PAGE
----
A firewall is a system or group of systems that enforces an access control policy between two networks. The actual means by which this is accomplished varies widely, but in principle, the firewall can be thought of as a pair of mechanisms: one, which exists to block traffic, and the other, which, exists to permit traffic. Some firewalls place a greater emphasis on blocking traffic, while others emphasize permitting traffic. Probably the most important thing to recognize about a firewall is that it implements an access control policy. If you don't have a good idea of what kind of access you want to allow or to deny, a firewall really won't help you. It's also important to recognize that the firewall's configuration, because it is a mechanism for enforcing policy, imposes its policy on everything behind it. Administrators for firewalls managing the connectivity for a large number of hosts therefore have a heavy responsibility.
Types of Firewalls
Following are the types of firewalls based on how they work:
- Packet Filtering Firewalls - that block selected network packets.
- Proxy Servers - that make network connections for you.
Packet Filtering Firewalls
A filtering firewall works at the network level. Data is only allowed to leave the system if the firewall rules allow it. As packets arrive they are filtered by
- Protocol type
- Source address and port
- Destination address and port
Because very little data is analyzed and logged, filtering firewalls take less CPU and create less latency in your network. Filtering firewalls do not provide for password controls. User cannot identify them. The only identity a user has is the IP number Assigned to their workstation. This can be a problem if you are going to use DHCP (Dynamic IP assignments). Filtering firewalls are more transparent to the user. The user does not have to setup rules in their applications to use the Internet. The advanced and more complex implementations of the packet filtering process include the interpretation of the packet payload. The status of every current connection is analyzed and recorded. This process is called stateful inspection. The packet filter records the state of every single connection and only lets packets pass that meet the current connection criteria.
Proxies are mostly used to control, or monitor, outbound traffic. Some application proxies cache the requested data. This lowers bandwidth requirements and decreases the access the same data for the next user. It also gives unquestionable evidence of what was transferred.
The best example is a person telneting to another computer and then telneting from there to the outside world. With a application proxy server the process is automated. As you telnet to the outside world the client send you to the proxy first. The proxy then connects to the server you requested (the outside world) and returns the data to you. Because proxy servers are handling all the communications, they can log everything they (you) do. For HTTP (web) proxies this includes very URL they you see. For FTP proxies this includes every file you download. They can even filter out "inappropriate" words from the sites you visit or scan for viruses. Application proxy servers can authenticate users. Before a connection to the outside is made, the server can ask the user to login first. To a web user this would make every site look like it required a login.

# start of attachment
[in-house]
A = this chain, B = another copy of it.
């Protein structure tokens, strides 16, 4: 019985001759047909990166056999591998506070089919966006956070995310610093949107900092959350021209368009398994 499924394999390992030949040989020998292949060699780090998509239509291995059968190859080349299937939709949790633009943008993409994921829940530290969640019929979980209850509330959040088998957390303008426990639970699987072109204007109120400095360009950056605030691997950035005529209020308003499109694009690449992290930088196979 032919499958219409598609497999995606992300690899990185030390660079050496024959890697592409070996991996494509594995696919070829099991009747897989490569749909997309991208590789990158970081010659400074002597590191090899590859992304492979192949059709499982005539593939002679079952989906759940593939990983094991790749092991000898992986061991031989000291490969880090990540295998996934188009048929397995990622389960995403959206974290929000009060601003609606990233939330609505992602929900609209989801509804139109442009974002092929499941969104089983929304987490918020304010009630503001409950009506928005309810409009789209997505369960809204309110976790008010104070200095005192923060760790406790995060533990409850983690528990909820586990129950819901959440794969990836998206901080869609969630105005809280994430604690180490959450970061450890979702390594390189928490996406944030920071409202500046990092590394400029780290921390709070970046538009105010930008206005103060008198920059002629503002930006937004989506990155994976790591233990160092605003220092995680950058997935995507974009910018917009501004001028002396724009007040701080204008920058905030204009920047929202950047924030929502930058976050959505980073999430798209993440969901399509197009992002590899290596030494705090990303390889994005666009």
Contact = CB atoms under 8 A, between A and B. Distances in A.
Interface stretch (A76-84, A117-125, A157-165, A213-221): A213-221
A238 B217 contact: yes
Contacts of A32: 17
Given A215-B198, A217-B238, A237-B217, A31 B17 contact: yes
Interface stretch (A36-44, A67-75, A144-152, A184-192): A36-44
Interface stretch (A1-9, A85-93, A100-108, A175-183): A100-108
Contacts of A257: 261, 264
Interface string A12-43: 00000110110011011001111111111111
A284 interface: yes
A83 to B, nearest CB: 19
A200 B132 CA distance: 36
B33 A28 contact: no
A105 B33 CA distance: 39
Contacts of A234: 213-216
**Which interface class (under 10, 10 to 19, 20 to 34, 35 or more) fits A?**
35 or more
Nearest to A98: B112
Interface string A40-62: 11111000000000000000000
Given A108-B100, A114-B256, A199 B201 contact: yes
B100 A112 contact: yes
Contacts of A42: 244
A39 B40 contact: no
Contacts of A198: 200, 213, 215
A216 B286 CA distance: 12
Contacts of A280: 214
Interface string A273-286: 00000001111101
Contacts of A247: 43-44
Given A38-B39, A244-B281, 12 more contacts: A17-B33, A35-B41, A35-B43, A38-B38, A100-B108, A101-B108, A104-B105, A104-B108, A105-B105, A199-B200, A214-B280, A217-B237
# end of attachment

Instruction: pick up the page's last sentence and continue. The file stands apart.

Unified Threat Management (UTM) firewalls
A UTM device typically combines, in a loosely coupled way, the functions of a stateful inspection firewall with intrusion prevention and antivirus and simple malware detection. It may also include additional services for content filtering. UTMs focus on simplicity and ease of use. UTM devices have a limitation of not being able to detect modern advance threats as they are unable to inspect deeply inside the packet and identify threats.
Next Generation Firewalls (NGFW)
Firewalls have evolved beyond simple packet filtering and stateful inspection. Most companies are deploying next-generation firewalls to block modern threats such as advanced malware and application-layer attacks. GajShield Next Generation Firewall (NGFW) provides an additional layer of security with its Context based Data Leak Prevention (DLP) Engine. Intentional or unintentional leak of information is a major concern for enterprises due to the exposure of users to increasing number of personal and business applications over the web. Whether they use email applications, Instant Messaging, Web Chats or simple Document Storage Sites, all these applications can be easily used for leaking information. These applications are also used by enterprise for business communication and hence blocking these applications is not the solution. Current firewalls or UTMs are unable to restrict usage of these applications to prevent Data Leaks. GajShield is the only Next Generation Firewall which gives an organisation complete control by providing 'Visibility', 'Monitor', 'Detection' and 'Prevetion' of data being sent out of the enterprise which the current generation UTM device are unable to do. Along with Data Leak Prevention, Next Generation Firewalls (NGFW) need to also adapt to cloud security or roaming users. They need to ensure all policies on roaming users, irrespective of the connectivity user or place are implemented on these devices without being a threat to enterprise network.